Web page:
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Thursday, 27 March 2003
Page: 10426


Senator BARTLETT (Leader of the Australian Democrats) (4:22 PM) —by leave—I move:

That the Senate take note of the document.

The Democrats welcome the government response and I seek leave to incorporate the remainder of my remarks in Hansard.

Leave granted.

The speech read as follows—

Government response to Joint Standing Committee on Foreign Affairs Defence and Trade review of Foreign Affairs, Trade and Defence Annual report.

The Democrat welcome the Government's undertaking to make clearer what entitlements and conditions of service apply for defence personnel and veterans.

The Democrats welcome plans to compulsorily survey ADF personnel a few months after returning from operational deployment—this is certainly in line with the recommendations of the recent 1991 Gulf War Health report.

Anything we can do to identify problems and get people help earlier is desirable.

Lastly we support the Government's agreement to amend the ADF census to more accurately ascertain the marital and partner status of ADF personnel.

The 1999 census asked only whether a member was married or in an ADF recognised de facto relationship.

The 2003 Census will offer a number of options: married, defacto (ADF recognised); De-facto (ADF not recognised), separated, divorced, widowed, and single or never married.

I will take the opportunity to again put on the public record that the Democrats support changing the discriminatory laws which deny the same-sex partners of men and women in all Australian defence forces, the same relationship recognition, counselling and financial support as their heterosexual colleagues.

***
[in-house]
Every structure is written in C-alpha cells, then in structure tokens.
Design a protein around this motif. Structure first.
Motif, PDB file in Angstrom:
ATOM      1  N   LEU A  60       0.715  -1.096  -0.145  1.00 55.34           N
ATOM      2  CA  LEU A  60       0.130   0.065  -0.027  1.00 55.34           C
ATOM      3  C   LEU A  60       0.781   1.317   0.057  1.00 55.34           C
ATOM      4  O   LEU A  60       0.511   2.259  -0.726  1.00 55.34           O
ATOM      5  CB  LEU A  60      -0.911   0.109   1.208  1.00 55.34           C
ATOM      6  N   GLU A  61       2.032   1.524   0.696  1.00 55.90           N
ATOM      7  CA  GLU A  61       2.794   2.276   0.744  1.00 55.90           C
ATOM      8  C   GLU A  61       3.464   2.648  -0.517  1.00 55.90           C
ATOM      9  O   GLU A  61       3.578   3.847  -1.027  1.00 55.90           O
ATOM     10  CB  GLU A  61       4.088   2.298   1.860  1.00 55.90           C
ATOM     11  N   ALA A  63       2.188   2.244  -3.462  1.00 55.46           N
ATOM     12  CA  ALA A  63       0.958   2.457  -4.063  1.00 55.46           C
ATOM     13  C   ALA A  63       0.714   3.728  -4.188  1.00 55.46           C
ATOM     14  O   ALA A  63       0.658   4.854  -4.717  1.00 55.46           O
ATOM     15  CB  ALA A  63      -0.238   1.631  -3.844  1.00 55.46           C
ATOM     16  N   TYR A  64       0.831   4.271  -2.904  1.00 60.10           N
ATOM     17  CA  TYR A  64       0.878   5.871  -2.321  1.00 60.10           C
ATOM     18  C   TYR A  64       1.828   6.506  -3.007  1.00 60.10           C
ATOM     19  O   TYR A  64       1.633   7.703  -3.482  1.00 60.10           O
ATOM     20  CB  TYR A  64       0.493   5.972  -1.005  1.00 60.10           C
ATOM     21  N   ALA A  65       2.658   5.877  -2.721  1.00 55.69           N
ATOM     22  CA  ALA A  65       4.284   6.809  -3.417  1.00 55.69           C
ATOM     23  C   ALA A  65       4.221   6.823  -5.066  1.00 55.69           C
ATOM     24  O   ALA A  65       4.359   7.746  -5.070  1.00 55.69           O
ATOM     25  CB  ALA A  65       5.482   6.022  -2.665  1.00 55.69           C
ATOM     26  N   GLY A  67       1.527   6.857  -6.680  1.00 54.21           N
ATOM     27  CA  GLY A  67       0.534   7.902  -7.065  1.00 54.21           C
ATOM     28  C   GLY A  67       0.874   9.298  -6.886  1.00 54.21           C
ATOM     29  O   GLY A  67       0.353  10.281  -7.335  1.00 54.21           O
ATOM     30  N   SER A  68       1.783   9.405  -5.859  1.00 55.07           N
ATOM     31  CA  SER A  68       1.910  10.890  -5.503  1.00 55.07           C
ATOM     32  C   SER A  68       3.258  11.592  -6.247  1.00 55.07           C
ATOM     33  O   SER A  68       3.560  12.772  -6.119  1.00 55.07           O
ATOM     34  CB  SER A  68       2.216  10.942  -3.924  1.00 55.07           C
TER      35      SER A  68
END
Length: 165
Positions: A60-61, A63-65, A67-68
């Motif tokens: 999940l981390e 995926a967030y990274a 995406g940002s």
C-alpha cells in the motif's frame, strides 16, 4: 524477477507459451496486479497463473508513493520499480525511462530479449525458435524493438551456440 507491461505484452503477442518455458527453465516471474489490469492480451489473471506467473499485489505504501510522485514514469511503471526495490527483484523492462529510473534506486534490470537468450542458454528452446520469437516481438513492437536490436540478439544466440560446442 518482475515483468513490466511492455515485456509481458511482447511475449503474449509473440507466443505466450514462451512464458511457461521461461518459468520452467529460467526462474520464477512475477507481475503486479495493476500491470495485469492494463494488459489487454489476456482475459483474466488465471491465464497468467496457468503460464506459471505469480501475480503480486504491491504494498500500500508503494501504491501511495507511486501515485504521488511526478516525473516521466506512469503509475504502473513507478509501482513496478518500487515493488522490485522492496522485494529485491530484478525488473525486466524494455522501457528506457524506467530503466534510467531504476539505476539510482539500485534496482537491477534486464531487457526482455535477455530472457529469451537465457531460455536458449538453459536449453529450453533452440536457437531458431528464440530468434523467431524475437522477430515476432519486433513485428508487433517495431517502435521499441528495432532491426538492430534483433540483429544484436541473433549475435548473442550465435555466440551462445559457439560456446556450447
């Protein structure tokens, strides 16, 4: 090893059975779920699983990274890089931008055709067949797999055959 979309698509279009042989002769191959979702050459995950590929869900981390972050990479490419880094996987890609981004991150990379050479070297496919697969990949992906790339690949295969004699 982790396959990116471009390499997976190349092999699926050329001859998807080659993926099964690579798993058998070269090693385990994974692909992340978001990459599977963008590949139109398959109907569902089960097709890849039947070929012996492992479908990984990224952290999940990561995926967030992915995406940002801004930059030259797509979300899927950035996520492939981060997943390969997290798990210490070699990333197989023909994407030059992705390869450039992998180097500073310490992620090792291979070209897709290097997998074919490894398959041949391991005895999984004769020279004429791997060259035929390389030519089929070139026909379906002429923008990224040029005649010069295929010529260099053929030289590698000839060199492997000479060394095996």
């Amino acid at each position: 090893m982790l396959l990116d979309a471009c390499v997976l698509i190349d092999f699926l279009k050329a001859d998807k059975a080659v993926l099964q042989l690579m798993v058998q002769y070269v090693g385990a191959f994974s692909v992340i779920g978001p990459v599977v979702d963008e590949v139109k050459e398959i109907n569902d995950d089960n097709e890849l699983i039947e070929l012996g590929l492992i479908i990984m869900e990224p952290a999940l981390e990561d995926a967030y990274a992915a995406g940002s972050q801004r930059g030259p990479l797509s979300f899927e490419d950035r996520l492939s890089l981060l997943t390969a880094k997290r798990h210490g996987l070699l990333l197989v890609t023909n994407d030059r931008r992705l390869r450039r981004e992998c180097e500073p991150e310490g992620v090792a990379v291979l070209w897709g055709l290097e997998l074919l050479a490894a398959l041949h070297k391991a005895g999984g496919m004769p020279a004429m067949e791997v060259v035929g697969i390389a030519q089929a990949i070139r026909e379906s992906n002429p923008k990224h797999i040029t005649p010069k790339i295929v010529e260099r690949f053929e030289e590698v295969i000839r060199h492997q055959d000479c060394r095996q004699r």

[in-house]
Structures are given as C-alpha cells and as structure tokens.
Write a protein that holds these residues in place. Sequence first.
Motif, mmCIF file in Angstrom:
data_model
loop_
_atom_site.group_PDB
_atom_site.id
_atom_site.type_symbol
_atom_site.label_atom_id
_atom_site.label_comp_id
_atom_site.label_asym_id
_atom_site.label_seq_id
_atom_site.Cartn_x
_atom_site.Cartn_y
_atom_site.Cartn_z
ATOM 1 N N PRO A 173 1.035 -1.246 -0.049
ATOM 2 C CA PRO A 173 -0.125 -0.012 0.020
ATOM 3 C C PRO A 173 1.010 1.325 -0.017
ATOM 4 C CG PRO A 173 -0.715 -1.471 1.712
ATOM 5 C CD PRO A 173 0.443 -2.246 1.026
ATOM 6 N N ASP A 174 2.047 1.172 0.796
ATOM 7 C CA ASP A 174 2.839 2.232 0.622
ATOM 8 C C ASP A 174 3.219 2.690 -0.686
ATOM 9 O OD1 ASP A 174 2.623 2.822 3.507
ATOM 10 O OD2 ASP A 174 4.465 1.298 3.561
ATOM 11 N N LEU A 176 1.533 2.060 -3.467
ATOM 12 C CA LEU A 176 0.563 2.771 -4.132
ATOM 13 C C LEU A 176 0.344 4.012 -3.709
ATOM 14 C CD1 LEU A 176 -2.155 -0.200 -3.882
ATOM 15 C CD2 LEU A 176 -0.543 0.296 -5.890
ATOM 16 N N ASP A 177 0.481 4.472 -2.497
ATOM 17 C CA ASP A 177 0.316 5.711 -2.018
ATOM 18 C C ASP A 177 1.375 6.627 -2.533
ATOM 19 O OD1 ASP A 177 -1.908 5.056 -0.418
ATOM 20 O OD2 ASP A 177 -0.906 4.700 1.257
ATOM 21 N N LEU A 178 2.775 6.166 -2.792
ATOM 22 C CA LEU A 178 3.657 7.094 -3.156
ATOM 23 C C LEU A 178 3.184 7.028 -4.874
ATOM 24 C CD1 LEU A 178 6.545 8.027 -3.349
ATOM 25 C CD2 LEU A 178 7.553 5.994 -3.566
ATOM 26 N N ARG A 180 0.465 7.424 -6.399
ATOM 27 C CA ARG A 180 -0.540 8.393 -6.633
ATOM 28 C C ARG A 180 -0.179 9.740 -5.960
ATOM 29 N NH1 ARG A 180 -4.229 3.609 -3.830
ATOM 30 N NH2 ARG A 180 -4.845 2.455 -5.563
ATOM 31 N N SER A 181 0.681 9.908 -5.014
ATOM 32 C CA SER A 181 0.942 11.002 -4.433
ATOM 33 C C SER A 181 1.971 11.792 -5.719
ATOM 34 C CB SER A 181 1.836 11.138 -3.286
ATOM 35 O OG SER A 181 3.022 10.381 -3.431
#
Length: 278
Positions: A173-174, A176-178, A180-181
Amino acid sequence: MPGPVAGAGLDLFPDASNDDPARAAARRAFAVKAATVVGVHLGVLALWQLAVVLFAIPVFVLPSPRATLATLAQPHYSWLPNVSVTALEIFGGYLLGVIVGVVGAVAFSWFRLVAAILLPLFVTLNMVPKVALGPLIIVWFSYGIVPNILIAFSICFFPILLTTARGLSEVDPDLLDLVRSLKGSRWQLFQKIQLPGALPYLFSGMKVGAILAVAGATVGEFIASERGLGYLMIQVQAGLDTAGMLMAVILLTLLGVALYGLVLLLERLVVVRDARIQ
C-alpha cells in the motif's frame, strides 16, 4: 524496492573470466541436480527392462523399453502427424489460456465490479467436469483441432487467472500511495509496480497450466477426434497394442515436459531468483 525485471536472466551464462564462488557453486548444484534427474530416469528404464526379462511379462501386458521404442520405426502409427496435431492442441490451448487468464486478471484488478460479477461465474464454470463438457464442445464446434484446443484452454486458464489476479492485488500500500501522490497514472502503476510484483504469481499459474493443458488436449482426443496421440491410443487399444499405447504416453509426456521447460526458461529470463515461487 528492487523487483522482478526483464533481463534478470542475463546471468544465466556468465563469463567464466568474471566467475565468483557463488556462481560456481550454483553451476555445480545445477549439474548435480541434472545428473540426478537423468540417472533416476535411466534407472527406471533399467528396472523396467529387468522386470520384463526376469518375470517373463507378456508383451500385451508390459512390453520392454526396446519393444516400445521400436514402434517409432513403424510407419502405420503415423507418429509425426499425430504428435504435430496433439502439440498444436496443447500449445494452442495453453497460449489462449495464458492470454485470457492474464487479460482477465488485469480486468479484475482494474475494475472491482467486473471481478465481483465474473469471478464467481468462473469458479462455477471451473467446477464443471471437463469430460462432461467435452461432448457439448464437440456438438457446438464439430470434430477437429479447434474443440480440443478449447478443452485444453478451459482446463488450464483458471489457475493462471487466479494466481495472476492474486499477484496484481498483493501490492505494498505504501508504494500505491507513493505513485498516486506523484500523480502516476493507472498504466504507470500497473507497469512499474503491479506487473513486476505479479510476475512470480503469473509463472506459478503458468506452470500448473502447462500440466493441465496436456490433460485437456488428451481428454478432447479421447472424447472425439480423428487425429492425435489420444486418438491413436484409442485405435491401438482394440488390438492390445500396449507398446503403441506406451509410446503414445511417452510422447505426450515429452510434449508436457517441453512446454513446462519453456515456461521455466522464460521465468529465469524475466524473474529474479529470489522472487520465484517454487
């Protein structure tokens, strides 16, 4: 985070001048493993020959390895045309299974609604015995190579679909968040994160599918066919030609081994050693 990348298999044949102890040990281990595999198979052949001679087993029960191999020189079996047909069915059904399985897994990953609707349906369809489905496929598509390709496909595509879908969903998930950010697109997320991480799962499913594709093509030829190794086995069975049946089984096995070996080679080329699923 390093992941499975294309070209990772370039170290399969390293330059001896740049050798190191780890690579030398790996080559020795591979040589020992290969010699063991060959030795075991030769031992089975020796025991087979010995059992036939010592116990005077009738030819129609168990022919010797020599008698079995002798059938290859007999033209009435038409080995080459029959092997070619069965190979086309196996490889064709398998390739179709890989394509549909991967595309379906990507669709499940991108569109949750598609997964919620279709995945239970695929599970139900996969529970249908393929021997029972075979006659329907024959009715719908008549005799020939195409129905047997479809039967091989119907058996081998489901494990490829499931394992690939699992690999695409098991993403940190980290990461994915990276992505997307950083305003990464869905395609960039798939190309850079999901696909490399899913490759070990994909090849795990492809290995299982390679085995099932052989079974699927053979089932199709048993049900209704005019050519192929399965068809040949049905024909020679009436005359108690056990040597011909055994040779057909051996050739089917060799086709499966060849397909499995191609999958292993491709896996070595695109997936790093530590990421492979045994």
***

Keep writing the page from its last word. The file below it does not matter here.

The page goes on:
The ban on homosexual people serving in the ADF was lifted in 1992, but Governments have continually refused to recognise the many same-sex relationships in the forces. Social, moral and financial support for couples is only made available to married personnel and those in heterosexual de facto relationships.

With gay and lesbian personnel amongst the Australian troops being sent to the Gulf, the Government must treat all ADF members and their families with the same levels of compassion and respect and stop this cruel discrimination.

If a gay or lesbian defence force member is killed or injured in Iraq, their partner in Australia is not entitled to grief counselling, death benefits compensation or a veterans spouse pension, even where children are involved.

I look forward to congratulating the Defence forces on further advancing equity to its members.


Senator BARTLETT —I seek leave to continue my remarks later.

Leave granted; debate adjourned.